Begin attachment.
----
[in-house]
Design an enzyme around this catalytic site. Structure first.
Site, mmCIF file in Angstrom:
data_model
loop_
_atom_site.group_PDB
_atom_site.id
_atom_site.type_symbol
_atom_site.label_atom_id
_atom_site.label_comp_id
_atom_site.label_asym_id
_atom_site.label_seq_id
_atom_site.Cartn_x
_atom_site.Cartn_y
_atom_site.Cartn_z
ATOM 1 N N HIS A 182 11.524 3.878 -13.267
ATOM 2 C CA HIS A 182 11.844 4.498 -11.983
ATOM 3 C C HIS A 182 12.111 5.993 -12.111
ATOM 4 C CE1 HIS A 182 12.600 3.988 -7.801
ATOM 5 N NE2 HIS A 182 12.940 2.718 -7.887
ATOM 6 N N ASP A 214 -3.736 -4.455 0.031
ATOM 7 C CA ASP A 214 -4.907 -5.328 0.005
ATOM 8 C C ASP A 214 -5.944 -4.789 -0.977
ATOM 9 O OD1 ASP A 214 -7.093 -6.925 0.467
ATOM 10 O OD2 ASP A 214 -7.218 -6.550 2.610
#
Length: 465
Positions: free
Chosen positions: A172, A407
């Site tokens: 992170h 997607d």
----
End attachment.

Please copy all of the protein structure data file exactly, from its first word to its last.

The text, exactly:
[in-house]
Design an enzyme around this catalytic site. Structure first.
Site, mmCIF file in Angstrom:
data_model
loop_
_atom_site.group_PDB
_atom_site.id
_atom_site.type_symbol
_atom_site.label_atom_id
_atom_site.label_comp_id
_atom_site.label_asym_id
_atom_site.label_seq_id
_atom_site.Cartn_x
_atom_site.Cartn_y
_atom_site.Cartn_z
ATOM 1 N N HIS A 182 11.524 3.878 -13.267
ATOM 2 C CA HIS A 182 11.844 4.498 -11.983
ATOM 3 C C HIS A 182 12.111 5.993 -12.111
ATOM 4 C CE1 HIS A 182 12.600 3.988 -7.801
ATOM 5 N NE2 HIS A 182 12.940 2.718 -7.887
ATOM 6 N N ASP A 214 -3.736 -4.455 0.031
ATOM 7 C CA ASP A 214 -4.907 -5.328 0.005
ATOM 8 C C ASP A 214 -5.944 -4.789 -0.977
ATOM 9 O OD1 ASP A 214 -7.093 -6.925 0.467
ATOM 10 O OD2 ASP A 214 -7.218 -6.550 2.610
#
Length: 465
Positions: free
Chosen positions: A172, A407
């Site tokens: 992170h 997607d």